Inspiration and Incarnation: Evangelicals and the Problem of the Old Testament.
Grand Rapids: Baker Academic, 2015.
Available from Baker.
Review by Dr. Jill Firth,
This ‘tenth anniversary edition’ is slightly revised from the original, 2005 edition, which was written ‘firmly and self-consciously in support of a “progressive inerrantist” or “genre inerrantist” point of view. Enns notes in the Preface to this revised edition that he no longer uses the term “inerrancy” due to the ‘accumulated cultural baggage’, but that he and the publishers agreed to leave the book ‘essentially as it is.’ Citing Ridderbos, Enns defines inerrancy as ‘an expression of faith and trust in God, that whatever the Bible does, no matter how it might or might not fit into preconceived categories, reflects the “free pleasure of God.”’
Inspiration and Incarnation focuses on three issues that engage both popular and scholarly readers of the Old Testament: the relationship of the Old Testament and Ancient Near Eastern literatures, theological diversity in the Old Testament, and the way that New Testament authors handle the Old Testament. These topics raise questions of the uniqueness, integrity, and interpretation of the Old Testament. Enns proposes a model of incarnation, that the bible is both a human and a divine book. It is the human aspects of the writing of Scripture that may create problems for readers, but its ‘situatedness’ is also good news for us, because the connectedness of the bible to the times when it was written ‘is a necessary consequence of God incarnating himself.’ Some overemphasise the human dimension of scripture, and others are troubled by the human dimension .In fact, ‘It is essential to the very nature of revelation that the Bible is not unique to its environment. The human dimension of Scripture is essential to its being Scripture.’ Enns invites the reader to consider ‘not whether the Bible is God’s word but to see more clearly how it is God’s word.’
There are five chapters, ‘Getting Our Bearings’, ‘The Old Testament and Ancient Near Eastern Literature’, The Old Testament and Theological Diversity’, ‘The Old Testament and its Interpretation in the New Testament’, and ‘The Big Picture.’
In a final ‘Postscript’ which is added in the 2015 edition, Enns reflects on the role of ‘boundary markers’ in the evangelical faith community, which he critiques as a threat to theological synthesis. Enns notes that the analogy between the divine and human natures of Christ and Scripture goes back ‘at least as far as Athanasius’, and considers this approach as a helpful way forward in understanding the text. He responds to critiques of the incarnational analogy by stressing that it is an analogy – he agrees that the hypostatic union of divine and human natures in Christ is unique, but suggests that as a model or parallel, incarnation can aid understanding of the nature of Scripture. Similarly, Paul’s midrashic hermeneutic ‘is firmly at home’ in Second Temple Judaism, and this is part of God’s ‘condescension’ to communicate in meaningful ways within culture.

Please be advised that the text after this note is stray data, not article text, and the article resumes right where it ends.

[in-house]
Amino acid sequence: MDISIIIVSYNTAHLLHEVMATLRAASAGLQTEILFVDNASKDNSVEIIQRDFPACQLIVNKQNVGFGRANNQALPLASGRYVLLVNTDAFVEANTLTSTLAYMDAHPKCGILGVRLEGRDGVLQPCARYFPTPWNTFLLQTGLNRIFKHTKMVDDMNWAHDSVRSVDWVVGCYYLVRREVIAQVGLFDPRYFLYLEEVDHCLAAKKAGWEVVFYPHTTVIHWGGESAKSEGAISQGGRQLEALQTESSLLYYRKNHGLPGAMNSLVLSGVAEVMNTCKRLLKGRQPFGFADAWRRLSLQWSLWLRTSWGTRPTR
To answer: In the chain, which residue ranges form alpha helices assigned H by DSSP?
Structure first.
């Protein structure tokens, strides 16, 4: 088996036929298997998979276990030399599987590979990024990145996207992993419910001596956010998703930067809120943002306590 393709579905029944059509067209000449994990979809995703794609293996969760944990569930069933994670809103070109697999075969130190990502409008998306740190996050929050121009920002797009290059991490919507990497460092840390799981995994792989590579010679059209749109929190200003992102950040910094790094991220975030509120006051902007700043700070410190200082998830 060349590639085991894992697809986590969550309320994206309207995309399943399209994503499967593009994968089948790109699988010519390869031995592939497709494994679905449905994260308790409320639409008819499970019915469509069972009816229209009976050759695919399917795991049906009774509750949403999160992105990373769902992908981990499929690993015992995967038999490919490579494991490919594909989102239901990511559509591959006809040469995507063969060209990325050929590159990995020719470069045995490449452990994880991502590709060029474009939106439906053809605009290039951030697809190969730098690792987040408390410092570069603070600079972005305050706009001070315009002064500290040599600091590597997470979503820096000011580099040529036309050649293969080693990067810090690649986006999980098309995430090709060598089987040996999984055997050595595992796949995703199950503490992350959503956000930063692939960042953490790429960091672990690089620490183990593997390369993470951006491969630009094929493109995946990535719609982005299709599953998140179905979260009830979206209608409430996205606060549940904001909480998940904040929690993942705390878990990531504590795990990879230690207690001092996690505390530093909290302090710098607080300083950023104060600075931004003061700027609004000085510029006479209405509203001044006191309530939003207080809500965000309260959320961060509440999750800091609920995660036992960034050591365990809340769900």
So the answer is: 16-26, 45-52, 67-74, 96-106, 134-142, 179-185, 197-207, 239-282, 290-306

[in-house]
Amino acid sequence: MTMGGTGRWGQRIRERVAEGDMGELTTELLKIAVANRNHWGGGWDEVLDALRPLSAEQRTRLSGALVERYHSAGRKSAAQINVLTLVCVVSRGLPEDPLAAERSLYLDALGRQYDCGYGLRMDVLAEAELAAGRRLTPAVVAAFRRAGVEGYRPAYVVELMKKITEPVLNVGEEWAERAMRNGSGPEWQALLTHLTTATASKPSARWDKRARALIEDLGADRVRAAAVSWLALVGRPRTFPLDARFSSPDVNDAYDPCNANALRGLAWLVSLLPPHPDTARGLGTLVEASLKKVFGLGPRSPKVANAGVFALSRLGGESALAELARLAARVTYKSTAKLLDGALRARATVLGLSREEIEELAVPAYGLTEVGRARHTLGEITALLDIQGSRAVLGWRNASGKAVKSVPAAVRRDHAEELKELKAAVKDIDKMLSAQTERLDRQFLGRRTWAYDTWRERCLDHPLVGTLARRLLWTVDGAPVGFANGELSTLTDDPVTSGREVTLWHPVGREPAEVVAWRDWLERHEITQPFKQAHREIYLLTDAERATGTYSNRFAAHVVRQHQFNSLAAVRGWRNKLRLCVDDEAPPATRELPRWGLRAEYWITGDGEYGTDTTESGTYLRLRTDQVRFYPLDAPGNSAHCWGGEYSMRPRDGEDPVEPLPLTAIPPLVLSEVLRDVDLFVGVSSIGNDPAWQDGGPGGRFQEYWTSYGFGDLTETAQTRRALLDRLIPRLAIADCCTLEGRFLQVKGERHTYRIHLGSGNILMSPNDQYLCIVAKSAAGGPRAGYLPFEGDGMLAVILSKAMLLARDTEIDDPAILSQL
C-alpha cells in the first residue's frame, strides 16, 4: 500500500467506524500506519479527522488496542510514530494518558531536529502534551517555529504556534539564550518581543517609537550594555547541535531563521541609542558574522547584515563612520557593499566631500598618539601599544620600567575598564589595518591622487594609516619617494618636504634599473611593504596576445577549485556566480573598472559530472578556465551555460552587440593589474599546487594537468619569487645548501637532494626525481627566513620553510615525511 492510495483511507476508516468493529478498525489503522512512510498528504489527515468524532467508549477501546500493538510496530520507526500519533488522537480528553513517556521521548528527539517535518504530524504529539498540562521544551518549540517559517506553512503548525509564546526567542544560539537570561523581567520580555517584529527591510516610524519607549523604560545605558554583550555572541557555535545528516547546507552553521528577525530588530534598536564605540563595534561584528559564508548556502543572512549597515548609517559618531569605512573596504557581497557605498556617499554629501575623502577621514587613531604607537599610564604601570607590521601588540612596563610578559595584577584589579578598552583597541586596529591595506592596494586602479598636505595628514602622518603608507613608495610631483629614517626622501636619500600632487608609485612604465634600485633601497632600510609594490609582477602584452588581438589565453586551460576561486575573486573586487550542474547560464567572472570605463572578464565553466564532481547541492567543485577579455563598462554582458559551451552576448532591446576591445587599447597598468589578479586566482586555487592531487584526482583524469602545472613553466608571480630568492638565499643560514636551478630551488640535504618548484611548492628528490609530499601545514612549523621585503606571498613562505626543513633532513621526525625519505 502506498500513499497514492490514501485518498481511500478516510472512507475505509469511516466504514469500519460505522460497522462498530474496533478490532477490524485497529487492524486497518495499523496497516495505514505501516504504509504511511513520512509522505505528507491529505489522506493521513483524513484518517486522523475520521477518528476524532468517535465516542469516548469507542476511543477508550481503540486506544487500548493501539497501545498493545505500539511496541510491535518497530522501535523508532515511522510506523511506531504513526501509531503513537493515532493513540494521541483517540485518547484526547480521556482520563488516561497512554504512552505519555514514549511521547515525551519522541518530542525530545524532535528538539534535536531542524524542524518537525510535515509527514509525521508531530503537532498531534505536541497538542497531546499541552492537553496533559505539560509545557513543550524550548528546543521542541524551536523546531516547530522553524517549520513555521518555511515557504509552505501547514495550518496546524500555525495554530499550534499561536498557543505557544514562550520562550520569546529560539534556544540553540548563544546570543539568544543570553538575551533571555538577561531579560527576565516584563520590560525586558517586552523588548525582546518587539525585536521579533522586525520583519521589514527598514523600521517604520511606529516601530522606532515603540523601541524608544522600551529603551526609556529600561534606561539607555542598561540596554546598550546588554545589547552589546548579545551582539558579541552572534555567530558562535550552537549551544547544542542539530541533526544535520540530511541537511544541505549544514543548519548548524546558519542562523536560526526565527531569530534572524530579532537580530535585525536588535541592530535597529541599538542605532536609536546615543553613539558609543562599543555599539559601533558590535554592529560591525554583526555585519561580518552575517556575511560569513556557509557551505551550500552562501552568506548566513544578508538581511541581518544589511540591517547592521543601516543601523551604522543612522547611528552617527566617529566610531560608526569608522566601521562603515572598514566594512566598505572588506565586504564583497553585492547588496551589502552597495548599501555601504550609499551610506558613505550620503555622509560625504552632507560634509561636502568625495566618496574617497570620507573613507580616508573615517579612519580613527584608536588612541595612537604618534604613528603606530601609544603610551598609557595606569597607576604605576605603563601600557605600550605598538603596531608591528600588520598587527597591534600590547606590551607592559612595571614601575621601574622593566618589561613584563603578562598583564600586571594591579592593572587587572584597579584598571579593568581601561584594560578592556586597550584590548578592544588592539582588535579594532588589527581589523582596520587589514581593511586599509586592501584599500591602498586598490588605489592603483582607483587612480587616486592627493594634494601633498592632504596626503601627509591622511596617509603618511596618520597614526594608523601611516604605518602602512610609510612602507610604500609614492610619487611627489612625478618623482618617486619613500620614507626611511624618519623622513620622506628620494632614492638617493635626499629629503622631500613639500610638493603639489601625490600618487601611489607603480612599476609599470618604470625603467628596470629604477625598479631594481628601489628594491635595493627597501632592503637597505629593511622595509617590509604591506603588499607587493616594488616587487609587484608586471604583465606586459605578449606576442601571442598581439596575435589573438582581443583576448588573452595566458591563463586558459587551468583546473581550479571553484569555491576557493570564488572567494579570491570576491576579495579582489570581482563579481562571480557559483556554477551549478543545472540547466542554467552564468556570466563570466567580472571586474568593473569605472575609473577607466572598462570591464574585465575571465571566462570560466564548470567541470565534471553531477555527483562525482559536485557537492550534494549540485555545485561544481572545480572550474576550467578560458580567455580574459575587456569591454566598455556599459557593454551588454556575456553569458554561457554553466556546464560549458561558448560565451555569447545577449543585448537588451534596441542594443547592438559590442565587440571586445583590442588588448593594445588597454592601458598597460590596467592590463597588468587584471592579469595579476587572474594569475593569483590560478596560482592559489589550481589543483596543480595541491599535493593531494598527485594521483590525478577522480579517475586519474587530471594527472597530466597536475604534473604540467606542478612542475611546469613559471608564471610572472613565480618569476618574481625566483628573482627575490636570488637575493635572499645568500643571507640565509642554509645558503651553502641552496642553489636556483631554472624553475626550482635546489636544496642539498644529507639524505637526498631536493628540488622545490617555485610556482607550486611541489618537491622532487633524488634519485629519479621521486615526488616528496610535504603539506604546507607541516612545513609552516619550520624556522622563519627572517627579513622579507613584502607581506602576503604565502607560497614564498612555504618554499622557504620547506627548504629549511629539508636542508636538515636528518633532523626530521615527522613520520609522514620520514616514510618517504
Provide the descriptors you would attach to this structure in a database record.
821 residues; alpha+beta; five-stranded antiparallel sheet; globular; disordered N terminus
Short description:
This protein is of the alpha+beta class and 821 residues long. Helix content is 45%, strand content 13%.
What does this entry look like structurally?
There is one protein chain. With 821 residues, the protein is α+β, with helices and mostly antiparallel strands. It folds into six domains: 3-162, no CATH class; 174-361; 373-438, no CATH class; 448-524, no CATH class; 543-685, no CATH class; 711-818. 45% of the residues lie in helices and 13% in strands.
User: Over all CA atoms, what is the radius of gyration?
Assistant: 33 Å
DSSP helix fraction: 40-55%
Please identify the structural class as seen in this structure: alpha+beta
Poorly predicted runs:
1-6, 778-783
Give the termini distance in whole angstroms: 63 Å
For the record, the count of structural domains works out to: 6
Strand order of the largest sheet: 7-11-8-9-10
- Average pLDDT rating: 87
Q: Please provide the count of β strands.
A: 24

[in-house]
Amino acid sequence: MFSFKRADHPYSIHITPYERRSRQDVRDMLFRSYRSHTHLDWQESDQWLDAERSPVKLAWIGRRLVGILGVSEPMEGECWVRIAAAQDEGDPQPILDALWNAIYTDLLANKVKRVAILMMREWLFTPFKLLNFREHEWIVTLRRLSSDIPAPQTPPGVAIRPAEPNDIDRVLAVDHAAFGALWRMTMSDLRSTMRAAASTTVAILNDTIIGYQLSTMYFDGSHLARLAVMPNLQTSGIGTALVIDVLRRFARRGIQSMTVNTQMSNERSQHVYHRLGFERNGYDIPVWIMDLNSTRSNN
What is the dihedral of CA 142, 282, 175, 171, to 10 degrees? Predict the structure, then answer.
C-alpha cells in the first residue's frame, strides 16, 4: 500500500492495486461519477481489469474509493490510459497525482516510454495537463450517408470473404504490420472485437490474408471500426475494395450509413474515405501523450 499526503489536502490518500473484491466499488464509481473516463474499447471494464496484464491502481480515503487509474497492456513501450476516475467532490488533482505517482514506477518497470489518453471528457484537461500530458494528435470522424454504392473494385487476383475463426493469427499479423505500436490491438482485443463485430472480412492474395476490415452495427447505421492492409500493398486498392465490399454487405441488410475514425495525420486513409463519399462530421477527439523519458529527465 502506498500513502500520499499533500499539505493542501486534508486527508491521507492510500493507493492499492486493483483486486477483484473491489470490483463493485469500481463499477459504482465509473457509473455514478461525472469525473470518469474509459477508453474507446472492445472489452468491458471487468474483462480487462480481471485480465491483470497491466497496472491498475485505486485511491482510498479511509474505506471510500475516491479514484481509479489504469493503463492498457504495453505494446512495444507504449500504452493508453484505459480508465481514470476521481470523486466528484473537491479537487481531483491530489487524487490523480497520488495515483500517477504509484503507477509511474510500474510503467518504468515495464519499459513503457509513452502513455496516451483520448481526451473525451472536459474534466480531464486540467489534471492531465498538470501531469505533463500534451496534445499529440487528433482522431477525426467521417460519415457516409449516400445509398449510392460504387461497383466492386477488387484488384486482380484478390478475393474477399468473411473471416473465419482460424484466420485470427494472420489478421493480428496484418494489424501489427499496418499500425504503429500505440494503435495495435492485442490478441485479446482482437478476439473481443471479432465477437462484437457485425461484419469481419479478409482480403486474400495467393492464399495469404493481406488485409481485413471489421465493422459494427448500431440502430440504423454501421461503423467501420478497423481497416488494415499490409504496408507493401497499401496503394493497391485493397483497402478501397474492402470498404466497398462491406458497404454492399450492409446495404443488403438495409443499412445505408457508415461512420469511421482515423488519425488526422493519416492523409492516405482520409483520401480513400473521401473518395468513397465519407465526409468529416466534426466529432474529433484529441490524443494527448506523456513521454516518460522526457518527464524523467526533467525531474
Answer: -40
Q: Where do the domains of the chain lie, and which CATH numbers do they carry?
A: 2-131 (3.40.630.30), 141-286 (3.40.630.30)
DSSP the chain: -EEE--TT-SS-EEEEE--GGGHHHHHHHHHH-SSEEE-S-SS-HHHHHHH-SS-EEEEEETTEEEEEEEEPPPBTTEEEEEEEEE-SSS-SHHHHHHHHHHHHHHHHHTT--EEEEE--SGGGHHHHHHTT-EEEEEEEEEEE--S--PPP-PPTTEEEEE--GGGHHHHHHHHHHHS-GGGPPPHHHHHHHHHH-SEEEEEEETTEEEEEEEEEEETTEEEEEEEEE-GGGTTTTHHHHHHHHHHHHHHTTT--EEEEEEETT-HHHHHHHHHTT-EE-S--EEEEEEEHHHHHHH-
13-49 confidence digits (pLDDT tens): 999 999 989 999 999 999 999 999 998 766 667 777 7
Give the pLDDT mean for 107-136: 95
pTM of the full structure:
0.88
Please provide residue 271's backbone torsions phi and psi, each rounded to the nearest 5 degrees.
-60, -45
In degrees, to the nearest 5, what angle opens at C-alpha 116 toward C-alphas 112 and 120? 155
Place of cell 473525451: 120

Each chapter has suggestions for further readings. The book concludes with a glossary which will be of especial use to the general reader or beginning student, a Scripture index and a subject index.
Peter Enns writes with clarity and conviction, and a concern for people in the pew who seek help to make sense of their bible reading. Enns draws on scholarly resources, while making his arguments accessible to the general reader and beginning student. As he acknowledges in the Postscript, some of the issues he raises in this book are of concern in America, but less so in other Bible reading communities such as the UK (and Australia). It is not necessary to agree with all the book’s arguments to benefit from this thoughtful treatment of important topics in biblical scholarship.
Jill Firth is a Lecturer in Hebrew and Old Testament at Ridley College in Melbourne. Her current research is in Psalms and Jeremiah.